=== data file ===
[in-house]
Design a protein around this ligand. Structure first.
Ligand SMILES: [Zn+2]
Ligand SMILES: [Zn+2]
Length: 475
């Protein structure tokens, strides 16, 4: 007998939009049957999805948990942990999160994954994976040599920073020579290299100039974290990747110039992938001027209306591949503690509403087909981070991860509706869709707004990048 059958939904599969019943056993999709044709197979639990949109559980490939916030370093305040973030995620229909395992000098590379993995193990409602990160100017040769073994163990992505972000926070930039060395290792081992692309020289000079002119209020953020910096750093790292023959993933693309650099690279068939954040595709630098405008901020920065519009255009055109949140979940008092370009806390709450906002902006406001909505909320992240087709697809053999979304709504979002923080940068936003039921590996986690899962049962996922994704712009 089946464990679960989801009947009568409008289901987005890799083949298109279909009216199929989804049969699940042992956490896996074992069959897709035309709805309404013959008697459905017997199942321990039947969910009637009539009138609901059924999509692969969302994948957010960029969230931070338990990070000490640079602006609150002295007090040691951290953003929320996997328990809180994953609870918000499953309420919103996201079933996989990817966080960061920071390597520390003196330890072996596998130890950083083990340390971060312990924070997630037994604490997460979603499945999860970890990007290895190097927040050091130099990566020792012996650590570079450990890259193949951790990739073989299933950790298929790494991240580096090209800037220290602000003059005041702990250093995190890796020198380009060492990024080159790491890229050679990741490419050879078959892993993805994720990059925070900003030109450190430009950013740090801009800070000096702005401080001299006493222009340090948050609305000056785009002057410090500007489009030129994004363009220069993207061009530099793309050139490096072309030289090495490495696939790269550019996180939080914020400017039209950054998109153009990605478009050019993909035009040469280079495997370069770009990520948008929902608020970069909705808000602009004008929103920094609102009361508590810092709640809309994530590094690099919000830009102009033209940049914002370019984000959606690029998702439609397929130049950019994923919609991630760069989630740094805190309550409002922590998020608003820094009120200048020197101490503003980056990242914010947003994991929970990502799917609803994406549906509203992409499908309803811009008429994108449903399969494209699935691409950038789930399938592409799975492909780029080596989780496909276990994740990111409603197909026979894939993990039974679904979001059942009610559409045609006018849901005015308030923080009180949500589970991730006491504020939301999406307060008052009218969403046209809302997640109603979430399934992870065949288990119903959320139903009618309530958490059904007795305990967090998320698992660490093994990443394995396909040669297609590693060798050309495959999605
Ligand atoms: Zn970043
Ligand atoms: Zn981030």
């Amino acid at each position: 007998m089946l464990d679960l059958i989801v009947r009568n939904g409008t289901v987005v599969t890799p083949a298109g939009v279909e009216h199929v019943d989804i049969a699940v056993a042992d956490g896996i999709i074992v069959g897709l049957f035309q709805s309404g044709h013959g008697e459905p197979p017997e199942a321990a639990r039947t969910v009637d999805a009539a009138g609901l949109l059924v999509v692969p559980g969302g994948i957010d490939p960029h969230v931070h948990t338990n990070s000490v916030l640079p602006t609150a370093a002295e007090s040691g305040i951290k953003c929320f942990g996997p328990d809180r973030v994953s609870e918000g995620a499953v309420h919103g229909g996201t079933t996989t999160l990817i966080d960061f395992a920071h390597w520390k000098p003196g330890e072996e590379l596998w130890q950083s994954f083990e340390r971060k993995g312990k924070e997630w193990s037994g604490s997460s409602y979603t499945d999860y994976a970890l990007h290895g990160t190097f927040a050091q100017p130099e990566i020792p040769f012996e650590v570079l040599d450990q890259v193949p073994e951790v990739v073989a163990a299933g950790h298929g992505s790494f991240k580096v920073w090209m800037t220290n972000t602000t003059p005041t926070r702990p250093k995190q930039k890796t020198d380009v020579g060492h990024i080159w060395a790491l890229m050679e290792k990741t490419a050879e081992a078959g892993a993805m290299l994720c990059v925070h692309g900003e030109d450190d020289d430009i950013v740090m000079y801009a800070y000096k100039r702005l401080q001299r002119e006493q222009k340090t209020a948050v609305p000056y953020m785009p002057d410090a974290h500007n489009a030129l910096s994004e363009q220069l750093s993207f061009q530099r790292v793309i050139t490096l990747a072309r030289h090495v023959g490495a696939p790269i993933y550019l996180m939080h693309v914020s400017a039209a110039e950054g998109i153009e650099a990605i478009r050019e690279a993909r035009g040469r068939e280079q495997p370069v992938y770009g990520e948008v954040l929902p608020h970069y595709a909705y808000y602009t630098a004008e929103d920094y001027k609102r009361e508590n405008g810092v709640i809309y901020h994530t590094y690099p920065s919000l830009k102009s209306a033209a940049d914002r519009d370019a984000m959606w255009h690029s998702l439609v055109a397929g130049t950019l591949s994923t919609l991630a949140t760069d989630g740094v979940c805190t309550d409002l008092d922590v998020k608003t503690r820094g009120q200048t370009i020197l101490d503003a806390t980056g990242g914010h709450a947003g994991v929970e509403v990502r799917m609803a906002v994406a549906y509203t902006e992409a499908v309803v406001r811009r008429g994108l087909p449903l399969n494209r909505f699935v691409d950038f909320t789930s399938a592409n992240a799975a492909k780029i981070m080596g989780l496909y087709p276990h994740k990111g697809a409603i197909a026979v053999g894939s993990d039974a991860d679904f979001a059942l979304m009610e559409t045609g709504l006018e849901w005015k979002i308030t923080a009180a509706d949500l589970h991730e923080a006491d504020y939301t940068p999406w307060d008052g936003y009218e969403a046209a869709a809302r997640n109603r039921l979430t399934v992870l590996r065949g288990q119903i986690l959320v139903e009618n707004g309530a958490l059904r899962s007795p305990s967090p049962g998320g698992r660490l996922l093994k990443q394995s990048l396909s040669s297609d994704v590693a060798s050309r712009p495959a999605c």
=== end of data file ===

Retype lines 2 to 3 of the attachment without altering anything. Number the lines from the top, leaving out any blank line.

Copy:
Design a protein around this ligand. Structure first.
Ligand SMILES: [Zn+2]